A database, explained simply, is a collection of data. It is easy to get mislead by this simple explanation, because databases can get much more complex than a simple text file with a list of names. In fact, database concepts such as relational database management systems complete with in-built tools provided by some of the world’s leading technology companies form the backbone of most modern websites as well as software.

Wherever you look, you’ll find a database – whether it be something as simple as a blog, to something as complex as an ERP system that manages an entire organization. Wherever there is some data that needs to be stored and accessed, databases come into the picture. The area of web development is especially reliant on database because the entire premise of websites is built around the user machine making a request for some kind of content, and the server delivering this content over the internet.

The data is stored on the server, and the entire process of the user requesting data, the server fetching it and delivering it to the user is the core function of database management. No matter the complexity of the database involved, each requires careful planning in order to run efficiently and securely. Therefore, all developers must know the basics of database design, irrespective of whether they are working with it directly or not, and online database management courses are a great place to begin to enhance your skillset! We tell you 4 things that are absolutely essential.

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1. Don’t Over Index

Indexing in a transactional environment is a balancing act. You try to enhance query response by creating indexes. However, the online transaction processing (OLTP) database’s primary purpose is capturing data, and if you over-index a transactional table, you might inhibit performance of INSERT, UPDATE, and DELETE operations, leading to a deterioration of overall performance. Certainly you need to create some indexes on heavily used OLTP tables, but don’t overdo it—an UPDATE operation involves not only the data page but also the number of index pages that matches the number of indexed columns that you need to modify.  If you’re not careful in your Database Design, you can create indexes that take more space on disk than the original data pages.
“Wherever there is some data that needs to be stored and accessed, databases come into the picture.”

2. Use Check Constraints Properly

A check constraint is a rule that identifies acceptable column values for data in a row within a SQL Server table. Check Constraints help enforce domain integrity.  By using Check Constraints, you can make sure your database only contains data that passes your constraints. This allows you to let the database engine control your data validation. Doing this is beneficial as your application will not need to have data validation rules spread throughout your code in every location where you try to insert a record into or update a record in a table. Having check constraints is a clean way of performing data validation. Using Check Constraints cleverly in the Database Design is letting the database do as much work as possible.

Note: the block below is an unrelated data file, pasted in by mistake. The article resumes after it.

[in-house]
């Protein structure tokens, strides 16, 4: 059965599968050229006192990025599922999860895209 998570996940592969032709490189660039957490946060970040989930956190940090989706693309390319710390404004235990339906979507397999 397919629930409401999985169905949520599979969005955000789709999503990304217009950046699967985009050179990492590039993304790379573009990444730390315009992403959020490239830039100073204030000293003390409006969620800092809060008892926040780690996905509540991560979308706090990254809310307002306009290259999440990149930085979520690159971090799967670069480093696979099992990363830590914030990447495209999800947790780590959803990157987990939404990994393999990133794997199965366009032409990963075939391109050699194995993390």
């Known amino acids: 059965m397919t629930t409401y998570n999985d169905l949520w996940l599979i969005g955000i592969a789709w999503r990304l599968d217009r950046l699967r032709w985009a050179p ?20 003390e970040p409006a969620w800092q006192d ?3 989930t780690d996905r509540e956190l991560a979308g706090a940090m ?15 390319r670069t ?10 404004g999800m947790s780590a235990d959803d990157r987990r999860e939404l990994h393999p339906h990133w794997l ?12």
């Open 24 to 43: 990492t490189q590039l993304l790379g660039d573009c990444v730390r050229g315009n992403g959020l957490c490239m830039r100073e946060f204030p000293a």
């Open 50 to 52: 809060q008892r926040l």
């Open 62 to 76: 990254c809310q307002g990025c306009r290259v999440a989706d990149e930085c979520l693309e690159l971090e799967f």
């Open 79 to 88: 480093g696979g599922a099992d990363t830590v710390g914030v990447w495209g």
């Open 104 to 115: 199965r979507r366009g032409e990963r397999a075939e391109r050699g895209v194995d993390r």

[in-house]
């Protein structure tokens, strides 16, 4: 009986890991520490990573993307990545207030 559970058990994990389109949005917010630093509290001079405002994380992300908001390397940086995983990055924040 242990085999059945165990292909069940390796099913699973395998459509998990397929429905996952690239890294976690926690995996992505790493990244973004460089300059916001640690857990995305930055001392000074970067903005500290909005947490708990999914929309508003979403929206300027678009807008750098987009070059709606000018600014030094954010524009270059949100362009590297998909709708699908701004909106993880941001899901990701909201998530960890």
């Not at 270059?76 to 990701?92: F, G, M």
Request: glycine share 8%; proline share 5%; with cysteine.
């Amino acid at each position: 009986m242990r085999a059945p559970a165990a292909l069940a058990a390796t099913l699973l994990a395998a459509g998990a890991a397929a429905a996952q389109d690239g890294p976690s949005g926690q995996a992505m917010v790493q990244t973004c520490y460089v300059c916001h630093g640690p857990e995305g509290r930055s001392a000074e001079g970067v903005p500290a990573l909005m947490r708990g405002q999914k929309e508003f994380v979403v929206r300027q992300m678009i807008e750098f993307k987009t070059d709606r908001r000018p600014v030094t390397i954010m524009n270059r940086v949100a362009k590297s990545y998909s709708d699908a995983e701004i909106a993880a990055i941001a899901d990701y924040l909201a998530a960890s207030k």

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3. Normalization is Essential

Normalization is a logical Database design method. Normalization is a process of systematically breaking a complex table into simpler ones. It is built around the concept of normal forms. Database normalization is a process that reduces data to its canonical form. Normalization is in fact such an important topic in database management that several online database management courses are dedicated specifically to it. The idea behind normalization is that a table should be about a specific topic and that only those columns which support that topic are included. For example, a spreadsheet containing information about marketing people and customers serves several purposes:

  • Identify marketing people in your organization
  • List all customers your company calls upon to sell product
  • Identify which marketing people call on specific customers.

4. Use Triggers Prudently

Conceptually, a trigger listens for certain events (document create, delete, update, or the database coming online) to occur, and then invokes an XQuery module to run after the event occurs. The trigger definition determines whether the action module runs before or after committing the transaction which causes the trigger to fire. Creating a robust trigger framework during Database Design is complex, especially if your triggers need to maintain state or recover gracefully from service interruptions.

Cautious use of triggers is advised, however, because some functions that triggers used to do in the old days could now be performed in other ways such as updating totals and automatic calculation on a column. If you use several database controls such as CHECK, RI, Triggers on several table, your transaction detailed flow becomes complex to understand and maintain. You will need to know exactly what happens when. You will need good documentation for this.

While a basic level understanding of databases is usually a component of most online development courses, if you intend to develop a career in database, it is essential to choose a sub-domain and take up dedicated online database management courses which also provide components of live development and testing. betterU is a great place for beginners as well as experienced database professionals to hone their skills. Check out our wide variety of online database management courses and get learning!